The present inventor, along with his colleagues, discovered that close-proximity to metallic silver islands or colloids can alter the radioactive decay rate and/or excitation rate of fluorophores. Further, it has been shown that quantum yield of low quantum yield fluorophores can be increased by proximity to metallic surfaces. The enhanced excitation of fluorophores in close proximity to metallic surfaces including nanostructures, islands, colloids, porous and continuous surfaces can have numerous applications in the biochemical and biological applications of fluorescence because of the increased intensity of the fluorescence.
Fluorescence detection is the basis of most assays used in drug discovery and high throughput screening (HTS) today. In all of these assays, assay rapidity and sensitivity is a primary concern. The sensitivity is determined by both the quantum yield of the fluorophores and efficiency of the detection system, while rapidity is determined by the physical and biophysical parameters of temperature, concentration, assay bioaffinity etc.
However, the assays and system discussed hereinabove, are limited by the reaction time of the chemical reactions within the assays, such as that which occur in binding or hybridization. Thus, there is a need for assay systems and methods that increase the biological/biochemical kinetics of the reaction, increase the sensitivity and that can be used for in both clinical and emergency room assessments.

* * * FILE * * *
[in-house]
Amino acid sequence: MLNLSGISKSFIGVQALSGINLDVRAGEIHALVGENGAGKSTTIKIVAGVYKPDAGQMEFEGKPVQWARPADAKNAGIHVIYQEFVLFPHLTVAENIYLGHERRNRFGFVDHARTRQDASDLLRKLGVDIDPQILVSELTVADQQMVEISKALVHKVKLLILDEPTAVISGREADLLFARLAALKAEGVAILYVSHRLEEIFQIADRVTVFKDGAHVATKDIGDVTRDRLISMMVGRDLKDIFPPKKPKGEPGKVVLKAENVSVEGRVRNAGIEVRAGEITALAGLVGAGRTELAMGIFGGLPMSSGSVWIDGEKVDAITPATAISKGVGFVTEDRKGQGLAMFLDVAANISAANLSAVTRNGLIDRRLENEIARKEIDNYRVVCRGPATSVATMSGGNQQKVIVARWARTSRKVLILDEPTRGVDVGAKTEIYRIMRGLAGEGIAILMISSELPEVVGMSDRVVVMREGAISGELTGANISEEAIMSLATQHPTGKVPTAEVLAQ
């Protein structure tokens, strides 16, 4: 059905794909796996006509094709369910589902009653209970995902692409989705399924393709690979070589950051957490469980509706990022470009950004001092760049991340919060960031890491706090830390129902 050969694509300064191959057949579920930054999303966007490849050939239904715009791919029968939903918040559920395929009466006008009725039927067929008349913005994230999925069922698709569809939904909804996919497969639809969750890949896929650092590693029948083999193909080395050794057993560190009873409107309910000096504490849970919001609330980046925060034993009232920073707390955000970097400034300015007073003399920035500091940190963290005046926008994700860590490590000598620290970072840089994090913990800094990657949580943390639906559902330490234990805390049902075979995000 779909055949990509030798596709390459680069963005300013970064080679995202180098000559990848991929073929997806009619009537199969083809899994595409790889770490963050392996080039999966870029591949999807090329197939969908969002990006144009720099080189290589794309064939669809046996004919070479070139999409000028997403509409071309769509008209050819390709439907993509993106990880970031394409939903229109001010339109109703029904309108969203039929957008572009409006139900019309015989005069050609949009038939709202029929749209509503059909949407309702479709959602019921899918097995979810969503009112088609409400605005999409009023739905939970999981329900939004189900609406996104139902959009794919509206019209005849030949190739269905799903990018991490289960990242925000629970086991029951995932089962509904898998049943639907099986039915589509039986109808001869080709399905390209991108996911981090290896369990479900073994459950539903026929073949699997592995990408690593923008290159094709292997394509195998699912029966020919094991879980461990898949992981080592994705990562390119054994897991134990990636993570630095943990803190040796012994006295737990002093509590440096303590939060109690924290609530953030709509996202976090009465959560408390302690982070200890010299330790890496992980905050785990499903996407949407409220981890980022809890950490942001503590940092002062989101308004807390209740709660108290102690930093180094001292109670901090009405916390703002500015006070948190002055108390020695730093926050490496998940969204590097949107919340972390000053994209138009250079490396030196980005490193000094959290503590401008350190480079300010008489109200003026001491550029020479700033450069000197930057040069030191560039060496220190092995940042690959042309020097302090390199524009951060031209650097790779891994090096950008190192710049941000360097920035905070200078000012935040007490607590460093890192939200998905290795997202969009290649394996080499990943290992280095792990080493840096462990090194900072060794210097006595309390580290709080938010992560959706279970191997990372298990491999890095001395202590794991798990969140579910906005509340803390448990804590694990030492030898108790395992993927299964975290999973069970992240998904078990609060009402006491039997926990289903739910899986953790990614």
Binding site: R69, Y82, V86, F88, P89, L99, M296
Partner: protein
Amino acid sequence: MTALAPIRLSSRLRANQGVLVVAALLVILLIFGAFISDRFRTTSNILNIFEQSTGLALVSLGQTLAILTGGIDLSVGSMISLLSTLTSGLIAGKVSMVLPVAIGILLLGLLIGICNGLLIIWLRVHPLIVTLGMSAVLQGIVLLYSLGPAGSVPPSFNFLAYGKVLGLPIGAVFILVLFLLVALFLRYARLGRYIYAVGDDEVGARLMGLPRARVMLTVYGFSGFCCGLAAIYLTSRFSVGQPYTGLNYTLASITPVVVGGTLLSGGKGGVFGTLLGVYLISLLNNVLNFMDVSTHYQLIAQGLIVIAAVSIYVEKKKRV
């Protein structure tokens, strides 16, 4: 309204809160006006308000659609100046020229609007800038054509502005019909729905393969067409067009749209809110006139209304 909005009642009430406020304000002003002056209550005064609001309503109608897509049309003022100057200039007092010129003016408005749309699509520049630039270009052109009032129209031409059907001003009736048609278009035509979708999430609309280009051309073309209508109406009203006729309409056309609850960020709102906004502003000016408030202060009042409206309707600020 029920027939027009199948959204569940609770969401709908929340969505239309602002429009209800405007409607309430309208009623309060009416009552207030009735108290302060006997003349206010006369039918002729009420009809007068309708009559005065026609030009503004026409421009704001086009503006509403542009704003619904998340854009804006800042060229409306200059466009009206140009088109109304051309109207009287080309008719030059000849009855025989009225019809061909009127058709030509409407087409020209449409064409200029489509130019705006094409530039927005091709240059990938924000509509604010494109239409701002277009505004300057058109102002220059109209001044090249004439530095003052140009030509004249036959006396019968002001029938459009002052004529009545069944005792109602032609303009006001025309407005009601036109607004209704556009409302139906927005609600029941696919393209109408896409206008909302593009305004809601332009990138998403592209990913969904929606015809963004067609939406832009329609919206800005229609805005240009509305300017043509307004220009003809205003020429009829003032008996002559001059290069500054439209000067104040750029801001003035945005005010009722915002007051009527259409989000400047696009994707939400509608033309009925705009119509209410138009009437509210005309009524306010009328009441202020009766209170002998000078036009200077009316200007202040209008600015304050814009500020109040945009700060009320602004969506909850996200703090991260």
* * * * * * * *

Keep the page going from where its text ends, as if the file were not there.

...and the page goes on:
In one aspect the present invention relates to an assay detection method comprising:
The method described above may be used in multiple fluorescence detecting systems, including but not limited to, Microwave Accelerated Metal-Enhanced Fluorescence (MAMEF) and Microwave Accelerated Surface Enhanced Raman Scattering (MASERS). Further, the use of low power microwaves may be used in many different assays, including but not limited to, immunoassays, hybridization assays, resonance energy transfer assays, polarization/anisotropy based assays, chemiluminescence based assays, luminescence based assays, enzyme-linked immunosorbent assays.
In another aspect, the present invention provides for a detection system comprising:
In the present embodiment, the biomolecule comprises a fluorescing component that has the ability to fluoresce when contacted with radiation in the range from UV or IR. Preferably, the fluorescing component is a molecule that does not interfere with the chemical reaction of the biomolecule.
In another aspect the present invention relates to a method of metal-enhanced fluorescence sensing, comprising:
In yet another aspect, the present invention provides a method for detecting a targeted pathogen in a sample, the method comprising:
Preferably, the microwave energy is sufficient to transfer energy to the metallic material thereby causing an increase of heat therein.